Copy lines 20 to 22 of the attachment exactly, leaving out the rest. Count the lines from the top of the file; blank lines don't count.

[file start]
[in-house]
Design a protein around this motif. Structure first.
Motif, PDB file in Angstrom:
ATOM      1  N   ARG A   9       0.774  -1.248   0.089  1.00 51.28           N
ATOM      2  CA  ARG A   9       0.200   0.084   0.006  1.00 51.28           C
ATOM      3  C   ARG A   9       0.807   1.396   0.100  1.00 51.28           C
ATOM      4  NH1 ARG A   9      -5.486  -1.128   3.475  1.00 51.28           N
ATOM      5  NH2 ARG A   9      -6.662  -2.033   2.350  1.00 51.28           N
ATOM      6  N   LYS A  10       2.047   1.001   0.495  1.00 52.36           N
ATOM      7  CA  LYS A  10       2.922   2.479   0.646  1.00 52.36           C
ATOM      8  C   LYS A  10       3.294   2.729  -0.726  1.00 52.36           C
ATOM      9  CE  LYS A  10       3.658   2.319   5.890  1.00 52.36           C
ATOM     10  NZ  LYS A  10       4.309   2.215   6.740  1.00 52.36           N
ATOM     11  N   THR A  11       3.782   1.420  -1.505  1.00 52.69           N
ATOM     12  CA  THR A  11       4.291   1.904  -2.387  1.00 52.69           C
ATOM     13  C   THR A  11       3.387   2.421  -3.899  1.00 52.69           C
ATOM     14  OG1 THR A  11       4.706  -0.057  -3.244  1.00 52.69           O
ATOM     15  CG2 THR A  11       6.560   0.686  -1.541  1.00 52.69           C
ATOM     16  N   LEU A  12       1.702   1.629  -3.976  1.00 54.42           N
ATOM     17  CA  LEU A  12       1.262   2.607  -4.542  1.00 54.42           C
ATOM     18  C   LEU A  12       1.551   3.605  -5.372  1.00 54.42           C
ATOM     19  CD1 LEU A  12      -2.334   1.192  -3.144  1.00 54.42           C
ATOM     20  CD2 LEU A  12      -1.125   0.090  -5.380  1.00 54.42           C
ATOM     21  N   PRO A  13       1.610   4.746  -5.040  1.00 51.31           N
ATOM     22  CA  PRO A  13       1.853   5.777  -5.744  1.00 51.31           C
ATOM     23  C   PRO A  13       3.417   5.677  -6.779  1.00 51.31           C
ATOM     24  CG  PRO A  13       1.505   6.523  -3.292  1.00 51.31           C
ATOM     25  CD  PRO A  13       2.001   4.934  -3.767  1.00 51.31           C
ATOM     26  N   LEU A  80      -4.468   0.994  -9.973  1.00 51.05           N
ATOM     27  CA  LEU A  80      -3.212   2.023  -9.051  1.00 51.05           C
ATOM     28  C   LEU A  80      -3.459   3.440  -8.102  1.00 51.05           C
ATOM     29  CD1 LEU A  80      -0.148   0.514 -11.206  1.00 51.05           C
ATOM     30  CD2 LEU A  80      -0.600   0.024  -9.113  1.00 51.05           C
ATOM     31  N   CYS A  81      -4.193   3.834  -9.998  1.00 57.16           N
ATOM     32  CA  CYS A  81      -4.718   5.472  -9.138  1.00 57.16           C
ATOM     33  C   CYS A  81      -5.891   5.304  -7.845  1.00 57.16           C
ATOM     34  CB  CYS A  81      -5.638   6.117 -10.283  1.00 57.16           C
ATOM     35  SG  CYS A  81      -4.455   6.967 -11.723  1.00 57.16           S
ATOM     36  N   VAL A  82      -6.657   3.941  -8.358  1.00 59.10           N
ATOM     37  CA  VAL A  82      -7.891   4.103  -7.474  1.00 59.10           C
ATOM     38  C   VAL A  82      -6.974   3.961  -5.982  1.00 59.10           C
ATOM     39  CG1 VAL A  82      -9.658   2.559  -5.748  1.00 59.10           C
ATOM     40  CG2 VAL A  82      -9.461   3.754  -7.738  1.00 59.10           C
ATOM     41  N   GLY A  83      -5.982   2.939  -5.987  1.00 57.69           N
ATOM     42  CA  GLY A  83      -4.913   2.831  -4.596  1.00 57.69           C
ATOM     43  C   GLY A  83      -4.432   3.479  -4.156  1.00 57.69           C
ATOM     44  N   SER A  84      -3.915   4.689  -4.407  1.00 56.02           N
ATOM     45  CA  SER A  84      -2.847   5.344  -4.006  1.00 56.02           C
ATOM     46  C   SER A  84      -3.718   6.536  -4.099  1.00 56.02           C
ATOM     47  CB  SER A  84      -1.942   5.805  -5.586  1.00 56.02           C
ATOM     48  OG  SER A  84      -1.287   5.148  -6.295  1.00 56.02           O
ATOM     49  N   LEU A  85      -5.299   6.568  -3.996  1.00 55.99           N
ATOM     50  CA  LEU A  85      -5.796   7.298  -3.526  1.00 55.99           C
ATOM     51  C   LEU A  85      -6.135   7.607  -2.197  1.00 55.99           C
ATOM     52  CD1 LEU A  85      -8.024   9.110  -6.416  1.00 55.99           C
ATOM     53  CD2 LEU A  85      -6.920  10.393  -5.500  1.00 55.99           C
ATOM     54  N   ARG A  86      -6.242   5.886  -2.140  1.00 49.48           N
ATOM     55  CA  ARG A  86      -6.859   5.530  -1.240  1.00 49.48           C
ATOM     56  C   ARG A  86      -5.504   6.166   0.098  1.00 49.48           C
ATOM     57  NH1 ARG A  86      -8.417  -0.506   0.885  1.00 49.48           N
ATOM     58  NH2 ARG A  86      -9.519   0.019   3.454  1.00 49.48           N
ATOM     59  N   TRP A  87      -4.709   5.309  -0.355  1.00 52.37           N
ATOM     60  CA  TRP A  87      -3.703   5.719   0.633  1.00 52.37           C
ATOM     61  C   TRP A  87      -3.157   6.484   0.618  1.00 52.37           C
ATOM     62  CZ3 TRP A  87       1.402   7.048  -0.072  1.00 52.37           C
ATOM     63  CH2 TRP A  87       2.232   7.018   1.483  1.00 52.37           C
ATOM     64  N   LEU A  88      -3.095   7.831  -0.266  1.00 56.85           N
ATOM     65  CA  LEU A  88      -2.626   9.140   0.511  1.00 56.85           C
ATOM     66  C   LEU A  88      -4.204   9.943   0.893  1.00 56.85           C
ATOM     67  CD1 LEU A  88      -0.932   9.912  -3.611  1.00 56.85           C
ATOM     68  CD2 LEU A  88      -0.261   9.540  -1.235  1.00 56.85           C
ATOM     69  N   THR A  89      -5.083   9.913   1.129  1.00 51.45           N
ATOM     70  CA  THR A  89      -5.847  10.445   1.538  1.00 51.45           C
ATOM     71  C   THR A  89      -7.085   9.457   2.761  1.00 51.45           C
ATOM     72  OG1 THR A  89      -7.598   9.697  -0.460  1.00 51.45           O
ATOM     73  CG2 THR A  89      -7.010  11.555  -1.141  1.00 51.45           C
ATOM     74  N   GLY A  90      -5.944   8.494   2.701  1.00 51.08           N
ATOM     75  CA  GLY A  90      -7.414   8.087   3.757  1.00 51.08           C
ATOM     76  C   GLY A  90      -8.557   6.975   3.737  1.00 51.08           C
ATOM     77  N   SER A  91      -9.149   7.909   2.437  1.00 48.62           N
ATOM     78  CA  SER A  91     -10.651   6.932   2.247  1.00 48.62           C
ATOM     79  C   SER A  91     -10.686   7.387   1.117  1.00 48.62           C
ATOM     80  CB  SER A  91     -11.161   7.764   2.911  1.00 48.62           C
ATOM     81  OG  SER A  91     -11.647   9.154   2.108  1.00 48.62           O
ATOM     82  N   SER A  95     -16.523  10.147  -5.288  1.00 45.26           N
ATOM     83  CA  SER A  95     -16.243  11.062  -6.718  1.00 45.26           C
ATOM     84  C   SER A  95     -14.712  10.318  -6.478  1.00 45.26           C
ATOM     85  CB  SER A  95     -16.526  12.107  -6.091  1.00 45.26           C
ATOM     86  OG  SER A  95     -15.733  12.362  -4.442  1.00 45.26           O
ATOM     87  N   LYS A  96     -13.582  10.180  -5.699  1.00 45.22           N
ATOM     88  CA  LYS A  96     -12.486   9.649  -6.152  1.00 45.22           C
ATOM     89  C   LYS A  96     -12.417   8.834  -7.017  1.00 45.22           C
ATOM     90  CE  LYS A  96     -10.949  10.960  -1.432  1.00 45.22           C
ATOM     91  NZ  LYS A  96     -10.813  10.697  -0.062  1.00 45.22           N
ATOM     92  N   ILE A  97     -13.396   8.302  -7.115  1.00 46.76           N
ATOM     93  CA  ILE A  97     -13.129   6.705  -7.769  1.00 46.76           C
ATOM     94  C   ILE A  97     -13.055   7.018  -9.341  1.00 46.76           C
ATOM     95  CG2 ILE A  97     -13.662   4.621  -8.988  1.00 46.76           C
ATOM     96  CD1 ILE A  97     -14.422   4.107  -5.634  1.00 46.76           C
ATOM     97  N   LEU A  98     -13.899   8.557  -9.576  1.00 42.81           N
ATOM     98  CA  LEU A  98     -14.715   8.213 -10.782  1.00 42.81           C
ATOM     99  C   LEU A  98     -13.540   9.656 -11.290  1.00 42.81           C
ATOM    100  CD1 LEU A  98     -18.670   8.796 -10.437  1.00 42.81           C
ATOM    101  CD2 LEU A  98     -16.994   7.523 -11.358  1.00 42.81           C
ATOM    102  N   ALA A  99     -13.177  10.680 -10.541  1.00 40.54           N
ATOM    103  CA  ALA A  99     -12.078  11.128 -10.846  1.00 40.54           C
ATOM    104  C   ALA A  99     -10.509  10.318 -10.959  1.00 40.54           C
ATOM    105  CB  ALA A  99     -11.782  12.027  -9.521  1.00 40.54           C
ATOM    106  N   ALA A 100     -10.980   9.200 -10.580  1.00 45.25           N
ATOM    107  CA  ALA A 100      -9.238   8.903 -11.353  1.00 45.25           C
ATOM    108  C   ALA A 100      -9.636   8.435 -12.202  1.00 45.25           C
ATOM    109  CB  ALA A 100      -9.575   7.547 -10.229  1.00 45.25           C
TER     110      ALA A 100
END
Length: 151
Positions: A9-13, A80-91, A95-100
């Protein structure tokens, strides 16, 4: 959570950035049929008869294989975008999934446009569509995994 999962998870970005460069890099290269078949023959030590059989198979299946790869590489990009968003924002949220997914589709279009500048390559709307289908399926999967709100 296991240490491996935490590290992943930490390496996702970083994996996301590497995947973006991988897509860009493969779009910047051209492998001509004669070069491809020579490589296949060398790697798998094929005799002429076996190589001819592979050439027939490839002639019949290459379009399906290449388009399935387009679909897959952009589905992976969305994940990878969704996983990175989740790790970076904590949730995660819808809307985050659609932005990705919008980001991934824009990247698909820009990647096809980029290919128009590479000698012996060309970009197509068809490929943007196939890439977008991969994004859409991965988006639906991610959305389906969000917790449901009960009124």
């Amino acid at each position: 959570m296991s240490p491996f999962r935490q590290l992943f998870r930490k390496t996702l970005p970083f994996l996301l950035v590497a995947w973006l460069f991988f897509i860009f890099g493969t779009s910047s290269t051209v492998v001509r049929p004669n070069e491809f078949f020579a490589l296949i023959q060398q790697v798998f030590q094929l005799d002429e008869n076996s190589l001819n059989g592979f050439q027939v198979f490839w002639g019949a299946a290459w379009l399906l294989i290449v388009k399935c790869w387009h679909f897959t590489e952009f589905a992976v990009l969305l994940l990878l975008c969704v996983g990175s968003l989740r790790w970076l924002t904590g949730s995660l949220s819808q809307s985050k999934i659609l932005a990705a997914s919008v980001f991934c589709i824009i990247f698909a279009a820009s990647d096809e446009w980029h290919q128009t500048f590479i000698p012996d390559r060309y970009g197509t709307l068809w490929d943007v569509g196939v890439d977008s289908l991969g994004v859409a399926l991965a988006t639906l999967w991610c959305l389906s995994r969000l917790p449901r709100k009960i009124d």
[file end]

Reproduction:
ATOM     17  CA  LEU A  12       1.262   2.607  -4.542  1.00 54.42           C
ATOM     18  C   LEU A  12       1.551   3.605  -5.372  1.00 54.42           C
ATOM     19  CD1 LEU A  12      -2.334   1.192  -3.144  1.00 54.42           C